31 March 2021
With growing demand for more environmentally friendly products and services, more businesses turn to sustainable leather made by responsible manufacturers.
Today’s consumers are more mindful than ever before, and they expect the brands they purchase from to provide more —they want environmentally friendly products from ethical, transparent brands. And this trend doesn’t show any signs of slowing down.
As a result, the leather industry has been wrestling with the impact of leather production on the environment and how to address the challenges faced by most global supply chains in the modern age. But this isn’t a new consideration – global brands and environmental certifications have been driving these changes for some time.
But first, what is Sustainability?
The 1987 ‘Our Common Future’ report, published by the World Commission on Environment and Development, defines sustainable development as meeting the needs of the present without compromising the needs of future generations. Whilst this definition has been widely adopted, there is no standard definition or framework for sustainability that can be applied to all countries or systems.
Leather Sustainability Criteria
In terms of what that means for the leather industry, UNIDO’s 2019 Framework for Sustainable Leather Manufacture’ report defines the following areas of focus when considering leather sustainability:
Resources (hides/skins, chemicals, water, energy)
Emissions generated during the production process (solid, liquid and gaseous wastes)
Quality and appeal of the final product, durability
Product use after end-of life
Leather as a By-Product
Leather derived from bovine, ovine, caprine and porcine sources is a by-product of the meat industry — meaning animals are reared by the agricultural sector for the food sector, and the leather industry exists to process a by-product of the meat industry. To understand this further, it helps to look at the economic indicators to identify the drivers of this industry.
The economic value of cattle varies depending on multiple factors, such as region, type, and demand. According to the 2018 EU leather PEFCR, the hide historically represented around 3% of the total value of an individual cow in Europe, with more recent estimates in the USA being closer to 1% for the best quality hides. The value of a hide can even be as low as zero, depending on fluctuations in the market – where the availability of hides far exceeds the demand for leather, which could result in raw hides going straight to landfill or being diverted to gelatine production.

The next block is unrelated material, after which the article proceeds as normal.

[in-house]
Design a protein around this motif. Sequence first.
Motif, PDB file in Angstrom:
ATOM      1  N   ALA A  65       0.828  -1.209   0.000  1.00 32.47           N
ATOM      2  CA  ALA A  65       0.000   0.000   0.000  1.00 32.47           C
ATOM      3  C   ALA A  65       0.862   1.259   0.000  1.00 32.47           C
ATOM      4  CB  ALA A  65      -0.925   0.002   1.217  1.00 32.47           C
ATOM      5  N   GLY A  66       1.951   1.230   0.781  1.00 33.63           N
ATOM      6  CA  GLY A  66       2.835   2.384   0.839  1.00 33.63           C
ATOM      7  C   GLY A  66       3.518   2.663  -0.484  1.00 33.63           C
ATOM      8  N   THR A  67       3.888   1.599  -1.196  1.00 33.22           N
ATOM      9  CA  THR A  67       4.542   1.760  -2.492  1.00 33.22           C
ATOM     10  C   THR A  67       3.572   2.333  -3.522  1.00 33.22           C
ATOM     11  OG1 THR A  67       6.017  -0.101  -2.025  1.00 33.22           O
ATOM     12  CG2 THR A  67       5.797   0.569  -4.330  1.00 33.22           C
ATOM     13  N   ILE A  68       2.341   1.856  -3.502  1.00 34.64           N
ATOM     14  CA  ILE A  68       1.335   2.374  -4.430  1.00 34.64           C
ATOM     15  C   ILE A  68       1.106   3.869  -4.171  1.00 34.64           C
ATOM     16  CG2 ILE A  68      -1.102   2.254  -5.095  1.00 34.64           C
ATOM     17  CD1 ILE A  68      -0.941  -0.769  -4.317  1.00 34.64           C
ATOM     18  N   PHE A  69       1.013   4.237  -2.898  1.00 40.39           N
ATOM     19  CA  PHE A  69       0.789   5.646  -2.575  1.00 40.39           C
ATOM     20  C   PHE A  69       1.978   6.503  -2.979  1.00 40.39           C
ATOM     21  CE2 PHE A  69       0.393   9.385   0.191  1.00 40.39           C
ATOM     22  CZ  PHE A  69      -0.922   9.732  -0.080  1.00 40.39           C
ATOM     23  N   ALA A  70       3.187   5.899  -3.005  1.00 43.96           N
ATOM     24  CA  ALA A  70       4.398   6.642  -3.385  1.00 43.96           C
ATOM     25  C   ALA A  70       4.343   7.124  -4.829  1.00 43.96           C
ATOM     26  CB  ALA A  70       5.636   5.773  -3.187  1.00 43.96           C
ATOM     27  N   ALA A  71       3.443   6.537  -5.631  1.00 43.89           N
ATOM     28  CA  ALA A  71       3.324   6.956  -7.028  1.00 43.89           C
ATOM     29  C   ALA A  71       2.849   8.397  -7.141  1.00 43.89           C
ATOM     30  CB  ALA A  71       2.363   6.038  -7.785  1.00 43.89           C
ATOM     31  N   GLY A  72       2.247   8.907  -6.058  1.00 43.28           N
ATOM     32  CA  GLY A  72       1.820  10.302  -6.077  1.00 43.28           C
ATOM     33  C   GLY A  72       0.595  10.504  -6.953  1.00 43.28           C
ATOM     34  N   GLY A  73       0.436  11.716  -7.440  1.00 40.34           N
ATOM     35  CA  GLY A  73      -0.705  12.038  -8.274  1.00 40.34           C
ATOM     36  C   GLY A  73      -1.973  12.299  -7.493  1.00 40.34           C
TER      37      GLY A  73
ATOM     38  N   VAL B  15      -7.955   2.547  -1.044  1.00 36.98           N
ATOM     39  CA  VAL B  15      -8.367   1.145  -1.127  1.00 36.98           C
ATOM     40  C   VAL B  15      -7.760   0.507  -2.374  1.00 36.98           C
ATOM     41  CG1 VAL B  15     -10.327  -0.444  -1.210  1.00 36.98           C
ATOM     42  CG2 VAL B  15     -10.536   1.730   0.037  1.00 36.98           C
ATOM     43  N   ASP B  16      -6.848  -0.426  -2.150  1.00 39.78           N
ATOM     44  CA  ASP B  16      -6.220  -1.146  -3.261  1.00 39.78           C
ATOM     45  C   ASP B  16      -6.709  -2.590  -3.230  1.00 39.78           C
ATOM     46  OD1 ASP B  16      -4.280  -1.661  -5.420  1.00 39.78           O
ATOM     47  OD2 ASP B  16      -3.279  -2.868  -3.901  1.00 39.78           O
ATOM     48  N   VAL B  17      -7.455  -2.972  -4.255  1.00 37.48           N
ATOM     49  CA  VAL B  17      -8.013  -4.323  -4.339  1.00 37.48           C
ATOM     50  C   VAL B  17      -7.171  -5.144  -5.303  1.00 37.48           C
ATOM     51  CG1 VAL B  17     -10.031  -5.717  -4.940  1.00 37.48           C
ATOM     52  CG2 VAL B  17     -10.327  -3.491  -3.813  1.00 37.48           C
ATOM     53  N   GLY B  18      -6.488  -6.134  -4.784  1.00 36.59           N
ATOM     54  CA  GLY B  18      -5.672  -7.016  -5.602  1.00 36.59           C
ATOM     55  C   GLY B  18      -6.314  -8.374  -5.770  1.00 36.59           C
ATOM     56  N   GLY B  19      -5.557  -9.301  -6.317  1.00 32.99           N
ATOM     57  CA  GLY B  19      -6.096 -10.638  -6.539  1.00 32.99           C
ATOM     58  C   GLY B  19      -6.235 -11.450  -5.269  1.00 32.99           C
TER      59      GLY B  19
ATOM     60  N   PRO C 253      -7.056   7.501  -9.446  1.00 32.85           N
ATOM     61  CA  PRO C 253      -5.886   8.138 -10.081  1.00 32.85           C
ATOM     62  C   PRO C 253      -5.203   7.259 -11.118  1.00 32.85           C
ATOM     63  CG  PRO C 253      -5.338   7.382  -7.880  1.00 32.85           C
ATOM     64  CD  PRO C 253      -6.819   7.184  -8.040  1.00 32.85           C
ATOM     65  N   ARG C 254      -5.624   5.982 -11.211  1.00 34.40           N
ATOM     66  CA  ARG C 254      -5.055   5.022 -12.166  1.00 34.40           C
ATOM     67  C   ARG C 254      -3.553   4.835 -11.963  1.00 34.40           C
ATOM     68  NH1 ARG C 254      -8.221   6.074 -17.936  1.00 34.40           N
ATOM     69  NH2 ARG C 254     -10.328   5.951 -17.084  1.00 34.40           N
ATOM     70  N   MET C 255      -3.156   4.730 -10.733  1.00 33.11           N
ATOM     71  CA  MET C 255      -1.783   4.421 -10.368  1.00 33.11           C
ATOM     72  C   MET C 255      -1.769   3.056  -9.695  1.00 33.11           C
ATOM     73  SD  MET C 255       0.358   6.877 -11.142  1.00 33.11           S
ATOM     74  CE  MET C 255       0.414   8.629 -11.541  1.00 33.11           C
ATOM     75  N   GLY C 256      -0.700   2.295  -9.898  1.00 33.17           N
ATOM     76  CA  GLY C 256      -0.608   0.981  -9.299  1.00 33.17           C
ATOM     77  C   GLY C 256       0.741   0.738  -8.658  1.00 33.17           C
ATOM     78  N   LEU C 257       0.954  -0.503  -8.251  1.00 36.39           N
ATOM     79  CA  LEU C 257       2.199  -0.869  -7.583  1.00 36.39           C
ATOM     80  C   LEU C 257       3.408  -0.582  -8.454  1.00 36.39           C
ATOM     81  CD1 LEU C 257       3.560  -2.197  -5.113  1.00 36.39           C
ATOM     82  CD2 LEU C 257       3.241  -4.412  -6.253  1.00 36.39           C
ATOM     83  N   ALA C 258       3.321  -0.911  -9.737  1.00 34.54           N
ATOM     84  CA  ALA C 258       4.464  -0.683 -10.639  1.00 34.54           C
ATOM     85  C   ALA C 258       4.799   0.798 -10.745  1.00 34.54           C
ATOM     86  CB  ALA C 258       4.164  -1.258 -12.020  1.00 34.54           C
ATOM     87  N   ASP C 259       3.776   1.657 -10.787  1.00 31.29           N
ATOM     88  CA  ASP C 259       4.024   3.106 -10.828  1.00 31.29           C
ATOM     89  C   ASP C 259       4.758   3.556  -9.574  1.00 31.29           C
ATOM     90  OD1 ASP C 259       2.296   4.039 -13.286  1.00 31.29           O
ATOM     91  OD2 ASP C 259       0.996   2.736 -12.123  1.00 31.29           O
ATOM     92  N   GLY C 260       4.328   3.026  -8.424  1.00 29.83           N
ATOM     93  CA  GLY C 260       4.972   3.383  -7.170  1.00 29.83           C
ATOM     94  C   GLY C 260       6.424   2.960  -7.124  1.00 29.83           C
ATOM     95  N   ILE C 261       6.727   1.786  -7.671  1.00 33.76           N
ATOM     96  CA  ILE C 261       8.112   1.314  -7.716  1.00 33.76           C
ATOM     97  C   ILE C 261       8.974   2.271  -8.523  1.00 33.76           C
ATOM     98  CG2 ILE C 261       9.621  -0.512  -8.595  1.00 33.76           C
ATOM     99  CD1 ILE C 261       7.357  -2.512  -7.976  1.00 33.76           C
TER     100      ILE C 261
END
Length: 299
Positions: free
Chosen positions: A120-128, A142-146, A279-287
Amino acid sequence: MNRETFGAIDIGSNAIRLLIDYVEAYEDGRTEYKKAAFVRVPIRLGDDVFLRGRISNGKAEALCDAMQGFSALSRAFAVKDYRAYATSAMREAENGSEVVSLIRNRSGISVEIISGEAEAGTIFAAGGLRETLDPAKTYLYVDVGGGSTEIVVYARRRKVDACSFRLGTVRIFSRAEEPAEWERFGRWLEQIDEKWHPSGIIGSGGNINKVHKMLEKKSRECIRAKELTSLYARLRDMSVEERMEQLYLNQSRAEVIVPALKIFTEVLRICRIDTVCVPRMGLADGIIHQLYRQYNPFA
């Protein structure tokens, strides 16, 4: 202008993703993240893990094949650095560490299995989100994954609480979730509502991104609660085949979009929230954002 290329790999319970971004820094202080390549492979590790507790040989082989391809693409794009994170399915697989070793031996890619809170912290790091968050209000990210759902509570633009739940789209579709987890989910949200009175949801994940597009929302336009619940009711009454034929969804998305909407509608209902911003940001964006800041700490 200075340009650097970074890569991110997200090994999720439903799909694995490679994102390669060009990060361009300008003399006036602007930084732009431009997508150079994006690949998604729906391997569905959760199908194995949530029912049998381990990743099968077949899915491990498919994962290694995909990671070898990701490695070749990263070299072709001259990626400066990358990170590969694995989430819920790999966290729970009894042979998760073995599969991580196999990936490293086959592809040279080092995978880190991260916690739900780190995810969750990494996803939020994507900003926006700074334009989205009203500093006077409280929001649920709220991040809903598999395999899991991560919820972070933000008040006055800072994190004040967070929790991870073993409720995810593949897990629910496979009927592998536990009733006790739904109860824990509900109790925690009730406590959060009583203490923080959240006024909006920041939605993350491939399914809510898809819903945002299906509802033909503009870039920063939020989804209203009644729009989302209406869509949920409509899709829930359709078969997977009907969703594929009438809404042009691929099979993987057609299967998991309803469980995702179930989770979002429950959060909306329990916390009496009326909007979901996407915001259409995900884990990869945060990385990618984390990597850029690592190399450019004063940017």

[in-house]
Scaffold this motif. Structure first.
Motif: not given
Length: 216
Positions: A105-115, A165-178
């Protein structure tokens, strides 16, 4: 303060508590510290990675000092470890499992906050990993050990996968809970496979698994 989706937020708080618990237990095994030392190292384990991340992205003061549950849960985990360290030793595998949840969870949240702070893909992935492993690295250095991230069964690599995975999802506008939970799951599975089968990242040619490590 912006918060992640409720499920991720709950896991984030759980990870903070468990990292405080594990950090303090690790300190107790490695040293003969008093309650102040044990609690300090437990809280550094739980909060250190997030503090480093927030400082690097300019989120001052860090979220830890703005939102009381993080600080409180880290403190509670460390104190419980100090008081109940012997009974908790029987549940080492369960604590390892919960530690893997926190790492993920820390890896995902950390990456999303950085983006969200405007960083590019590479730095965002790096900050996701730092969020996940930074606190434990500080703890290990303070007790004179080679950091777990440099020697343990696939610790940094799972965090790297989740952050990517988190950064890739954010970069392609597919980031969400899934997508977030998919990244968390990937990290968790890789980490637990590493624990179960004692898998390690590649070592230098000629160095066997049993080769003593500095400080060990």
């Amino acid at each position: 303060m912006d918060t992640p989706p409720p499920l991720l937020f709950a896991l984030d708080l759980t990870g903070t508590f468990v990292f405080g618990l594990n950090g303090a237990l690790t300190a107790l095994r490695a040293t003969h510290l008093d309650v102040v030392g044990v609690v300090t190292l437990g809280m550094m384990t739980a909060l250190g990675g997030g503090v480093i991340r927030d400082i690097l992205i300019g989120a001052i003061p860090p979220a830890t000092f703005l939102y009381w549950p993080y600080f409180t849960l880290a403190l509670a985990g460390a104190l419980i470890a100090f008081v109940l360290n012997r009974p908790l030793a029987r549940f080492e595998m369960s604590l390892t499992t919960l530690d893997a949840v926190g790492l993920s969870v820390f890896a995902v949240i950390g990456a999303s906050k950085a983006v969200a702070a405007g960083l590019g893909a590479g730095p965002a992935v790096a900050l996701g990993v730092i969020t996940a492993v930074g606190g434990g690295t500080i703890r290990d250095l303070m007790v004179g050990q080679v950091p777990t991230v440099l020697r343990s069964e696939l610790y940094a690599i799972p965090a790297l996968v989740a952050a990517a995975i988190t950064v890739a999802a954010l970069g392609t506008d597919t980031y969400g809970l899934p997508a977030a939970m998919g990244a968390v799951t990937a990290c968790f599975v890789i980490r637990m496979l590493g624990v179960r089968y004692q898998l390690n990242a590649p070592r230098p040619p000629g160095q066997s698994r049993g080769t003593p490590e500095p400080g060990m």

As with most global industries, leather manufacturers must contend with the potential impact of their production on the environment. Responsible manufacturing practices should aim to reduce the amount of energy, water and chemicals used during production, as well as reducing the amount of solid waste, wastewater, and air emissions.
Responsible leather manufacturers often turn to certifications such as the LWG Leather Manufacturer Audit Protocol (LMAP) to demonstrate their commitment to sustainable leather manufacturing to customers. LWG’s flagship certification has been assessing leather manufacturing facilities based on the environmental impact of their manufacturing processes for over 15 years.
The LWG’s audit standard covers many elements of leather manufacturing, including water use, energy consumption, chemical management, disposal of solid waste, effluent treatment, and management of air and noise emissions. And the standard is continuously developing and evolving to become a holistic standard for assessing all elements of Environment, Social responsibility, and Governance (ESG). Most recently, the LWG introduced additional requirements for traceability and social auditing with the launch of Protocol 7 in 2021, in response to growing demand for additional transparency within the supply chain.
Whether using renewable energy, treating wastewater effectively, being socially responsible, or swapping to safer chemistry, there are many actions leather manufacturers can take to reduce their impact and demonstrate responsible, more sustainable leather manufacturing.
Leather Durability and Product Life
Leather is one of the oldest known materials, used by humans for at least 5000 years, with the oldest leather shoe dating back to around 3,500 B.C. Whilst the manufacturing methods may have evolved over time, and the scale of production increased, the material — and its prevalence in our everyday life— remains much the same.
The resources needed to produce the material is only part of the story — the durability and lifespan of a material have an important part to play. Good quality leather is an important material in the footwear, leather goods, furniture, and automotive industries, due to its specific durable characteristics and suitability for these applications.
Companies like Farfetch, Longchamp, and Mulberry have even launched after sales services that allow older, pre-owned leather products to be refurbished and repaired, giving them multiple product lifetimes of use.
Quality and durability of leather products are important factors when considering product life, since a long-lasting product will help those who are environmentally conscious to reduce the number of items they need, and re-use them many times.